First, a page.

NoC Technology Benefits


What is a NoC Interconnect?

Network-on-chip (NoC) interconnect technology is often called “a front-end solution to a back-end problem.” As semiconductor transistor dimensions shrink and increasing amounts of IP block functions are added to a chip, the physical infrastructure that carries data on the chip and guarantees quality of service begins to crumble. Many of today’s systems-on-chip are too complex to utilize a traditional hierarchal bus or crossbar interconnect approach. Yesterday’s village traffic has turned into today’s congested freeways.

Here are four reasons why today’s SoC’s need a NoC interconnect fabric:

  1. Reduce Wire Routing Congestion
  2. Ease Timing Closure
  3. Higher Operating Frequencies
  4. Change IP Easily

Reduce Wire Routing Congestion

Arteris’ NoC interconnect fabric technology significantly reduces the number of wires required to route data in a SoC, reducing routing congestion at the backend of the design process. Backend wire routing congestion has become one of the most significant factors causing late designs as the number of IP blocks on a SoC has increased.

Ease Timing Closure

The distributed architecture of Arteris network on chip interconnect fabrics allows for precise placement of pipelines (aka “register slices”) to easily resolve timing closure issues without affecting other areas of the chip.

Higher Operating Frequencies

NoC interconnects simplifies the hardware required for switching and routing functions, allowing SoCs with NoC interconnect fabrics to reach higher operating frequencies.

Furthermore, for long or speed-sensitive paths, the architect can easily place pipeline registers along any connection, allowing for higher frequencies. Precise placement of pipeline registers (also called “register slices”) allows the interconnect to exactly accommodate the SoC’s timing budget and meet its target frequency, with less pipeline register latency and no effect on neighboring IP block timing.

In addition to pipelining, distributed globally asynchronous locally synchronous (GALS) technology allows synchronous modules with locally generated clocks, with asynchronous connections between them.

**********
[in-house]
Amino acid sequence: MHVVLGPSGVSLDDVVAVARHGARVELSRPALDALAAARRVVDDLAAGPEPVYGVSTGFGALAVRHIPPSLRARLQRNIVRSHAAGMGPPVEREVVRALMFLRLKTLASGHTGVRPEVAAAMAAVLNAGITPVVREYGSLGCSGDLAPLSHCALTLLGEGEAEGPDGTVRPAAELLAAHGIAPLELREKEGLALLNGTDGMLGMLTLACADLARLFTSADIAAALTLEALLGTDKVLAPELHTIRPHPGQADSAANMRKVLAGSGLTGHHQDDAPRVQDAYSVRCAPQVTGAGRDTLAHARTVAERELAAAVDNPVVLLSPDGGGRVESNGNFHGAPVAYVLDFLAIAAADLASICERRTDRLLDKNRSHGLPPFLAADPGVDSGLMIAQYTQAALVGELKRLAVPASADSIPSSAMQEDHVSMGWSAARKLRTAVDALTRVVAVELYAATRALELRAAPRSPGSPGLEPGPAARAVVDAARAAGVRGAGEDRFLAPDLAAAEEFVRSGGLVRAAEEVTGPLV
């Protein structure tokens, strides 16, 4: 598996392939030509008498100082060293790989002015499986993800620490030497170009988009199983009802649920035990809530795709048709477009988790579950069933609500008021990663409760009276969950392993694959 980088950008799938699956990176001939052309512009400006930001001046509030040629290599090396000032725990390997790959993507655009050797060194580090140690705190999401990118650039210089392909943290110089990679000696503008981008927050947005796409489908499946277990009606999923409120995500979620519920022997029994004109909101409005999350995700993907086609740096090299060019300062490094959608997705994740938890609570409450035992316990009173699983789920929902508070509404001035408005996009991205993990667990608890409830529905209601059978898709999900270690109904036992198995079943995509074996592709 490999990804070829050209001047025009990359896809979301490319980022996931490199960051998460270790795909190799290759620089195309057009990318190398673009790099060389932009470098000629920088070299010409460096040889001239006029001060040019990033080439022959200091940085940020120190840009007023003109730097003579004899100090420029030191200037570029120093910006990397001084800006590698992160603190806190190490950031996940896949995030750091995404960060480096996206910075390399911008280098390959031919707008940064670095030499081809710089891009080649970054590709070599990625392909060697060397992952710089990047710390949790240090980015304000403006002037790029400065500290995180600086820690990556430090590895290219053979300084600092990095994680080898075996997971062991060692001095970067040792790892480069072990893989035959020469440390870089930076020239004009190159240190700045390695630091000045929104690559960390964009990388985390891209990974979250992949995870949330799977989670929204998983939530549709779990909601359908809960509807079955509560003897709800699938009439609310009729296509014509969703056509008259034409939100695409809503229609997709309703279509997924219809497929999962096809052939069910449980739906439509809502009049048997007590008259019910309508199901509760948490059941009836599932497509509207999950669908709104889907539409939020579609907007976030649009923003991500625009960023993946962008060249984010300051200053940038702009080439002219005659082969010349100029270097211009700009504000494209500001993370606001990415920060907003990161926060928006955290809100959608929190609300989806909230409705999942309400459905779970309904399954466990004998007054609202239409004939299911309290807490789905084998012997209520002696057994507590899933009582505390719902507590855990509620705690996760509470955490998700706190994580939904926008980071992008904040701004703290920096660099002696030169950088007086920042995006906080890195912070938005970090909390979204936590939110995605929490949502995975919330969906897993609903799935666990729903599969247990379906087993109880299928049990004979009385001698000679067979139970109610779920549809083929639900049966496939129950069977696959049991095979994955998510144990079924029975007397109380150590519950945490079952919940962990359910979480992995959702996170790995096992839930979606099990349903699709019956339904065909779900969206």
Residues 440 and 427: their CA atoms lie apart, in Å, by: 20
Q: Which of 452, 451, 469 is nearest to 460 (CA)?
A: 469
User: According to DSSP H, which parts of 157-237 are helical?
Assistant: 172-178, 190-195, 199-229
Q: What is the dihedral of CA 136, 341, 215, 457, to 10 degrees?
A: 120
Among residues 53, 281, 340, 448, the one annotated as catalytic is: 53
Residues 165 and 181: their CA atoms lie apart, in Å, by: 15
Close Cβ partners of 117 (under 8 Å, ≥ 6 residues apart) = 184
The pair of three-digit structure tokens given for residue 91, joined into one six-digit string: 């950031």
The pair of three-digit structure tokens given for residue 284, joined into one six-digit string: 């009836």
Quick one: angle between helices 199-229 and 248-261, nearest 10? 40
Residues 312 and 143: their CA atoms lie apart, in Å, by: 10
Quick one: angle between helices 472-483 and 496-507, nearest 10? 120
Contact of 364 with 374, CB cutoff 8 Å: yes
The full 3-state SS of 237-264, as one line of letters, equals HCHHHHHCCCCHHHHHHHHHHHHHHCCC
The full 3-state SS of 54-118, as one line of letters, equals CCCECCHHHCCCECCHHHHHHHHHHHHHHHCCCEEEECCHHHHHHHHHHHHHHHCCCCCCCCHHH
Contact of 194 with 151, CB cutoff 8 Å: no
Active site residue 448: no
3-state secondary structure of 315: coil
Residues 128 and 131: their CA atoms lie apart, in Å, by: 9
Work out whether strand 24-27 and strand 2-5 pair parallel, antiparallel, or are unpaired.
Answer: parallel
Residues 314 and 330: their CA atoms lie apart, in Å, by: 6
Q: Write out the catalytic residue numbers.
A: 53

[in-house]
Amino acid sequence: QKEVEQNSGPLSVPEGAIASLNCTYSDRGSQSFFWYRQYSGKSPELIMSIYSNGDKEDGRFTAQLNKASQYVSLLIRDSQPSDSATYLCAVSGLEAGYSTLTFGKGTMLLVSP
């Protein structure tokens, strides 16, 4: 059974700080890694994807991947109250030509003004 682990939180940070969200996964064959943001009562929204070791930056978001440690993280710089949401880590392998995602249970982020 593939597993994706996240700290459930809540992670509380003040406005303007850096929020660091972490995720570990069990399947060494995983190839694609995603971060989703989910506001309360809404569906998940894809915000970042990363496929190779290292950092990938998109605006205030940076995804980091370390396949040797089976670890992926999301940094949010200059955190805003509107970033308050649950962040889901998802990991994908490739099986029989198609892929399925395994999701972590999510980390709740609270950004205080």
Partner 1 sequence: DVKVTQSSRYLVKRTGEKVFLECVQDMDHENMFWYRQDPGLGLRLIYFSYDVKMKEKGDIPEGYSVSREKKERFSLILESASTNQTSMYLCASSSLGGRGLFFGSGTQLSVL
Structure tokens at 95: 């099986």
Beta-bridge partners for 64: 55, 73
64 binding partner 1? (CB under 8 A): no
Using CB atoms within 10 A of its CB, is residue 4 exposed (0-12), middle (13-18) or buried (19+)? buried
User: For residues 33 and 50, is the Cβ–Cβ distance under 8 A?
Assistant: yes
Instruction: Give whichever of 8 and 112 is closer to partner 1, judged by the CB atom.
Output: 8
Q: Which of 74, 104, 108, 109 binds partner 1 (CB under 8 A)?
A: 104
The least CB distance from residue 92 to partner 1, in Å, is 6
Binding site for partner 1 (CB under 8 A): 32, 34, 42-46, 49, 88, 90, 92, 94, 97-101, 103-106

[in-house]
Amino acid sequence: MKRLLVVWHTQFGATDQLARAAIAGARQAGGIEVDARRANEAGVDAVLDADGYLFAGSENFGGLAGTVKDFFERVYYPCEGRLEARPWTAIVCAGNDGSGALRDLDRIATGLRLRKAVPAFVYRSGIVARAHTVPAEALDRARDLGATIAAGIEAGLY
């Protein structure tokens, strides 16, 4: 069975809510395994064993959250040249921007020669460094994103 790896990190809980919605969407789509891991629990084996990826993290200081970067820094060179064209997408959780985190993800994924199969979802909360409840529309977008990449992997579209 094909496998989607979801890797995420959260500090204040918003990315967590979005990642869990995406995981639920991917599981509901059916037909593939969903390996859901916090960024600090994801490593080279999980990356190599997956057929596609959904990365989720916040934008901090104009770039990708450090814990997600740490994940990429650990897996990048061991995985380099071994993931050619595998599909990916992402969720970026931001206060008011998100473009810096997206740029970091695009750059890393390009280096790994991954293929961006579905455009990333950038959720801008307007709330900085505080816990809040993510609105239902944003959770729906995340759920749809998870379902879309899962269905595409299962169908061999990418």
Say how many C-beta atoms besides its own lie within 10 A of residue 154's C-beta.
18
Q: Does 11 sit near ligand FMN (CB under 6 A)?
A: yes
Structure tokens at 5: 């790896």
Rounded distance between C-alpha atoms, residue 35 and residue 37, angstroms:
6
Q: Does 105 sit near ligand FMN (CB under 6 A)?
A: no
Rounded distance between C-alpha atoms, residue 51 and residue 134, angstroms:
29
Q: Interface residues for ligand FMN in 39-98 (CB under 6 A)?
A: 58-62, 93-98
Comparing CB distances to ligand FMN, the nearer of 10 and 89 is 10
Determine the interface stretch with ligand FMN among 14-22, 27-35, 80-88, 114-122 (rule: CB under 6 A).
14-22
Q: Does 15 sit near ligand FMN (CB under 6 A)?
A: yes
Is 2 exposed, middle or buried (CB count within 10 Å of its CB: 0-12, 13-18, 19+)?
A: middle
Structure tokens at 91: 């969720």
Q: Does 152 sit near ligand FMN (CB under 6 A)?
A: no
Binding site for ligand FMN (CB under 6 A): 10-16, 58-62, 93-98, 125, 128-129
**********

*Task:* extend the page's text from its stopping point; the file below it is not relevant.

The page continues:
In short, NoC technology’s simpler switching and routing hardware, fine granularity pipelining capability, and GALS allow NoC interconnects to achieve higher operating frequencies than inferior multi-layered bus or crossbar interconnects.

Easy Derivative Chips: Change IP Easily

Arteris NoC technology makes it easy to swap IP blocks to create derivative chips or to respond quickly to engineering change orders (ECOs) during development because Arteris NoC interconnects are protocol agnostic. In an Arteris NoC interconnect fabric, the transaction (protocol) layers are separate from the transport and physical layers. Small network interface units (NIUs) that convert IP protocol transaction into transport packets are synthesized close to initiator and target IP blocks, allowing the rest of the interconnect topology to be made of simpler IP blocks that perform switching and routing.

Arteris’ network-on-chip interconnect IP allows us to reduce the die size of Mobileye’s 3rd generation vision processor, EyeQ3, optimize latency for critical IP blocks and reach timing closure much sooner than expected.

Elchanan Rushinek, Vice President of Engineering, Mobileye

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Arteris FlexNoC 5 Physically Aware Network-on-Chip IP

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